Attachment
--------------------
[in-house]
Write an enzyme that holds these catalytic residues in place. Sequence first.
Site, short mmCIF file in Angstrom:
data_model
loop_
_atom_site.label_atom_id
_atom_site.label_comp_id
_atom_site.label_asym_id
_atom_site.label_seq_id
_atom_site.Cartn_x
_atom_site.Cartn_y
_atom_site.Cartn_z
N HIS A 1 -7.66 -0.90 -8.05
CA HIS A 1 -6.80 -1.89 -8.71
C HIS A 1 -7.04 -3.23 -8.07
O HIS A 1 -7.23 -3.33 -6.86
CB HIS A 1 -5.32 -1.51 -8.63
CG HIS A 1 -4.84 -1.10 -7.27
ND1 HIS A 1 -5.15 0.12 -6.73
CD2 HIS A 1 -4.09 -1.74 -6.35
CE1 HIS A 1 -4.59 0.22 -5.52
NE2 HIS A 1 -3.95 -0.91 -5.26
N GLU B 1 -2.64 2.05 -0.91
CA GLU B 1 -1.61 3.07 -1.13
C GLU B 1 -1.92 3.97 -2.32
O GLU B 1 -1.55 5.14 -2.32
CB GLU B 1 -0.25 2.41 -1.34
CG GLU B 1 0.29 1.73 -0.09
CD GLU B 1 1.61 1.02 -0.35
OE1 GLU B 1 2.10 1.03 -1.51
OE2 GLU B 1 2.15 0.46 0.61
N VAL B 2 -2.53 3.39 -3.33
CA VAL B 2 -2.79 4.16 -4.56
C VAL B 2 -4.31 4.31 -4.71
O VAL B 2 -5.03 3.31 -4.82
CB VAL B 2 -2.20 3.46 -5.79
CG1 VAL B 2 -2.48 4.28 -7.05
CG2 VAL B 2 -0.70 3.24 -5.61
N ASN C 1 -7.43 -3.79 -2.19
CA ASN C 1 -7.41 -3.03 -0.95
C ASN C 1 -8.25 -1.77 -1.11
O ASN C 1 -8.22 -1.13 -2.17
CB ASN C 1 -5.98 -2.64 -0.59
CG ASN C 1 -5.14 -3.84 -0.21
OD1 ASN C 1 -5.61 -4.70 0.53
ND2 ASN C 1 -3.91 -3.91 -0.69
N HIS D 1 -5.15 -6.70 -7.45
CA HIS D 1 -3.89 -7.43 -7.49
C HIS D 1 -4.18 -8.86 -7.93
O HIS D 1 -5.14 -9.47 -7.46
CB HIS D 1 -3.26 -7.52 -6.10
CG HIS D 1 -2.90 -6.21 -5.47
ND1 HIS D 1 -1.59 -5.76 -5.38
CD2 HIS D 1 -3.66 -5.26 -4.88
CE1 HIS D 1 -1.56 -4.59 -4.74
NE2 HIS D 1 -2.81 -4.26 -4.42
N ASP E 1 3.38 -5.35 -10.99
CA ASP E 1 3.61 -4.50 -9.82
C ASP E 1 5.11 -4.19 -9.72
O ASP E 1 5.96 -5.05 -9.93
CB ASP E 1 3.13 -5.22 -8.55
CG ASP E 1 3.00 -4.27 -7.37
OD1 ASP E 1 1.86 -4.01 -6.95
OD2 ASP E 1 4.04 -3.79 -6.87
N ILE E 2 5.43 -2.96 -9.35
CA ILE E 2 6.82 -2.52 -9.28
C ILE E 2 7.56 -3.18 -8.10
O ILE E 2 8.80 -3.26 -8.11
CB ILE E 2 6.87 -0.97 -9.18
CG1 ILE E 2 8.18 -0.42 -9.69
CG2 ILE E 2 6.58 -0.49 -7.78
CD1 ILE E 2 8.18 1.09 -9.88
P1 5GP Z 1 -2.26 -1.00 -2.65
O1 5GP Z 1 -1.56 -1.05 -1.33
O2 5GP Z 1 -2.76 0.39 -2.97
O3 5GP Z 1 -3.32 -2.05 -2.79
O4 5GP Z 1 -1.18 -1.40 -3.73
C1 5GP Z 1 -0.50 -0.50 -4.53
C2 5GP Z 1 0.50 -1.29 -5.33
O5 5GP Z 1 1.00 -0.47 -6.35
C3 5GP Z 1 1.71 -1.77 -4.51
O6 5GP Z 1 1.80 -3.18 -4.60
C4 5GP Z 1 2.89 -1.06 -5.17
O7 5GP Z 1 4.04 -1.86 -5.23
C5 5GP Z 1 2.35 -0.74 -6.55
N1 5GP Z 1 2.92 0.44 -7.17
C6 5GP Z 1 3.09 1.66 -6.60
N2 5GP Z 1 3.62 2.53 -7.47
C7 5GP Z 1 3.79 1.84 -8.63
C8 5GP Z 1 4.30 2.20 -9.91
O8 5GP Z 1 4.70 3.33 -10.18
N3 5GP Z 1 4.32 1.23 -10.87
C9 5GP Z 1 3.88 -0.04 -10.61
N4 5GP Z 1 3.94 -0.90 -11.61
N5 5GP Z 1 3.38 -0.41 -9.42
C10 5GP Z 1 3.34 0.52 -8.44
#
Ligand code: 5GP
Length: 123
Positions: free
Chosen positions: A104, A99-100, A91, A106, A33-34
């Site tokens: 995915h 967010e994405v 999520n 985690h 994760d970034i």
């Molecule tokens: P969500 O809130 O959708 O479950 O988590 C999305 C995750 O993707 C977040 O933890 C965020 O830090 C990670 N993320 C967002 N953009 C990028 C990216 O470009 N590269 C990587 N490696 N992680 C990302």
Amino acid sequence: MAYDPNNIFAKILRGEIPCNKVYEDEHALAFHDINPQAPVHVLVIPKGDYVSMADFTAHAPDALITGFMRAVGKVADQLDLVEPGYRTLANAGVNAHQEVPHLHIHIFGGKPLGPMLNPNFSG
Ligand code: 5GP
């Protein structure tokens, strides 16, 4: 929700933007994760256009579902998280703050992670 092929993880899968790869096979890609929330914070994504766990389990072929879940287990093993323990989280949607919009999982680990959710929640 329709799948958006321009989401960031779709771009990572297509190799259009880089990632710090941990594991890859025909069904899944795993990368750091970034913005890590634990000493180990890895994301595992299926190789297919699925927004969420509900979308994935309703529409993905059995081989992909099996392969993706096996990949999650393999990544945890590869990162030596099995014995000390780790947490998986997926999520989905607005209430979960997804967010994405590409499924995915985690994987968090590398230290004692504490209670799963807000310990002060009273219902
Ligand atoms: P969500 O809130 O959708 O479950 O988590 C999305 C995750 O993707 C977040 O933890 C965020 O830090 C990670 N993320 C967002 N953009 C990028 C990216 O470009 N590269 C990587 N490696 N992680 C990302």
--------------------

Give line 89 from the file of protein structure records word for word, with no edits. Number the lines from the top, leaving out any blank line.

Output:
C7 5GP Z 1 3.79 1.84 -8.63